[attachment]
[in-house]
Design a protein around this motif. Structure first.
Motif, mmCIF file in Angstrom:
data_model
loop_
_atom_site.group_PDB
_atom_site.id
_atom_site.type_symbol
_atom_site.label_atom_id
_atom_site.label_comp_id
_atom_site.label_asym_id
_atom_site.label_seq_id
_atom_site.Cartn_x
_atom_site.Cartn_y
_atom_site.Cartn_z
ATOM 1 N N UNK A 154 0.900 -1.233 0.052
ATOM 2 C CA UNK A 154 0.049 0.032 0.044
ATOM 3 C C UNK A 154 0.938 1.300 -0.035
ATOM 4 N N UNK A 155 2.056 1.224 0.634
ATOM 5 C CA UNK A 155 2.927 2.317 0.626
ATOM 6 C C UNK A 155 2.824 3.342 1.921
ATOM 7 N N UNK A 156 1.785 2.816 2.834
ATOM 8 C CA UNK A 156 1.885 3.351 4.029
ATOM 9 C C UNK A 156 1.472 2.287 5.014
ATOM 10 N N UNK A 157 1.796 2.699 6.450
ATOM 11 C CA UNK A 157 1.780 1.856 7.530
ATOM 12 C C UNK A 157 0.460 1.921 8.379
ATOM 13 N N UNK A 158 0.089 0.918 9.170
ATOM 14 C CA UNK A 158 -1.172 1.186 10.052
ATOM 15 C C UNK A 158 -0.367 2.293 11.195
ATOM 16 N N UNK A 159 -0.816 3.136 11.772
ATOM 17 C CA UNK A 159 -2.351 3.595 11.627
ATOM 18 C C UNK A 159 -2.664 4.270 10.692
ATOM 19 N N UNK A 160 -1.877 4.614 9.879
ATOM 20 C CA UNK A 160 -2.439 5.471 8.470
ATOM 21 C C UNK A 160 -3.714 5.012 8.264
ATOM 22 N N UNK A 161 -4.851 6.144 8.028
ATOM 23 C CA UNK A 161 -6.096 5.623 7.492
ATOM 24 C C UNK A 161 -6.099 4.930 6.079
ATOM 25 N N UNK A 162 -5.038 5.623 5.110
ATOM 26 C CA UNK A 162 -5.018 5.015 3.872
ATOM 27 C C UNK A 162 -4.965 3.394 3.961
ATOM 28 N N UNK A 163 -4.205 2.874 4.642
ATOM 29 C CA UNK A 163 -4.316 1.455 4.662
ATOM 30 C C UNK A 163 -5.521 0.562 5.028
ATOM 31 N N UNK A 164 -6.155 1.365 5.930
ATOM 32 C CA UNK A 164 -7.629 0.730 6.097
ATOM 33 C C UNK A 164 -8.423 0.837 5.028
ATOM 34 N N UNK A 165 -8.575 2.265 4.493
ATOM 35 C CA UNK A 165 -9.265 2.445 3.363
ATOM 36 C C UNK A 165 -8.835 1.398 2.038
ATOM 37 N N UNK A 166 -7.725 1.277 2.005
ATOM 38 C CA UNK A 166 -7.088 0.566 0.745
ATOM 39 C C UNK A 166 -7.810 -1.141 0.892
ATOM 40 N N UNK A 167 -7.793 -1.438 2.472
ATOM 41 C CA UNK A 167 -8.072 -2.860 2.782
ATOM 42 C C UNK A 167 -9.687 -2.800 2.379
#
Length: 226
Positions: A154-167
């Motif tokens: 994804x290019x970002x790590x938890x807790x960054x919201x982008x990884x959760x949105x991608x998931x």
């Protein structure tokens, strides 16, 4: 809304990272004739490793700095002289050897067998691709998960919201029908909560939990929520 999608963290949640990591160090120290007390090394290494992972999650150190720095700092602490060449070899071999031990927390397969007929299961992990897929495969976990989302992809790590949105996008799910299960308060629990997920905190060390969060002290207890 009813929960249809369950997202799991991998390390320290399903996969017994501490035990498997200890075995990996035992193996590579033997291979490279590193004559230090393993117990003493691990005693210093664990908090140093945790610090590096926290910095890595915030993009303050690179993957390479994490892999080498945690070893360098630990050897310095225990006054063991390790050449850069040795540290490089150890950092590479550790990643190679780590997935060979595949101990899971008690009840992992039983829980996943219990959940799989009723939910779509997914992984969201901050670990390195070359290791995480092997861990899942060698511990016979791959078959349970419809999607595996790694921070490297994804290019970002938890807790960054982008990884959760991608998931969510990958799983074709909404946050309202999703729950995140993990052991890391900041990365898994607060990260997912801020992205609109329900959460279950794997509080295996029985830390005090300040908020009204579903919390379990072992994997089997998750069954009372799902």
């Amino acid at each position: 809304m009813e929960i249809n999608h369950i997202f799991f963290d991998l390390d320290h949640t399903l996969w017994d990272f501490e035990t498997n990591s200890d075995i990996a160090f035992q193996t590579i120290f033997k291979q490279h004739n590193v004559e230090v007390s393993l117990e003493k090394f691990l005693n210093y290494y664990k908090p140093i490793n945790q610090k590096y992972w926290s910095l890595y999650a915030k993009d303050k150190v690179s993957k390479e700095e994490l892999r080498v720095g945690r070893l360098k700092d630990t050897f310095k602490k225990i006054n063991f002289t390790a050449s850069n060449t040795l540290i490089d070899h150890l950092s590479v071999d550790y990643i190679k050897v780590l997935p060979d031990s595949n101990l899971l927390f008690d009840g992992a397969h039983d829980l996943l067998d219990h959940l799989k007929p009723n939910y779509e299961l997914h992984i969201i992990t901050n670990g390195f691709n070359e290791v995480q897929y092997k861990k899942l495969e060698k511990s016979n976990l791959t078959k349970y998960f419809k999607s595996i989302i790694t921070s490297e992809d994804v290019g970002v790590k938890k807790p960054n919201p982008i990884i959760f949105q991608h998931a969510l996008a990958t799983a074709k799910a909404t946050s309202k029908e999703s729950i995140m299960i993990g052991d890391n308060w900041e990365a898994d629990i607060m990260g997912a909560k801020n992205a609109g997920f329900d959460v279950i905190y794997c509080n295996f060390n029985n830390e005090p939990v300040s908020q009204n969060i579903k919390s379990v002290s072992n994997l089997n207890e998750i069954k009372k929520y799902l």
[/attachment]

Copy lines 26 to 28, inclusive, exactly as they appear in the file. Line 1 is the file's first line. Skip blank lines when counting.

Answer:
ATOM 11 C CA UNK A 157 1.780 1.856 7.530
ATOM 12 C C UNK A 157 0.460 1.921 8.379
ATOM 13 N N UNK A 158 0.089 0.918 9.170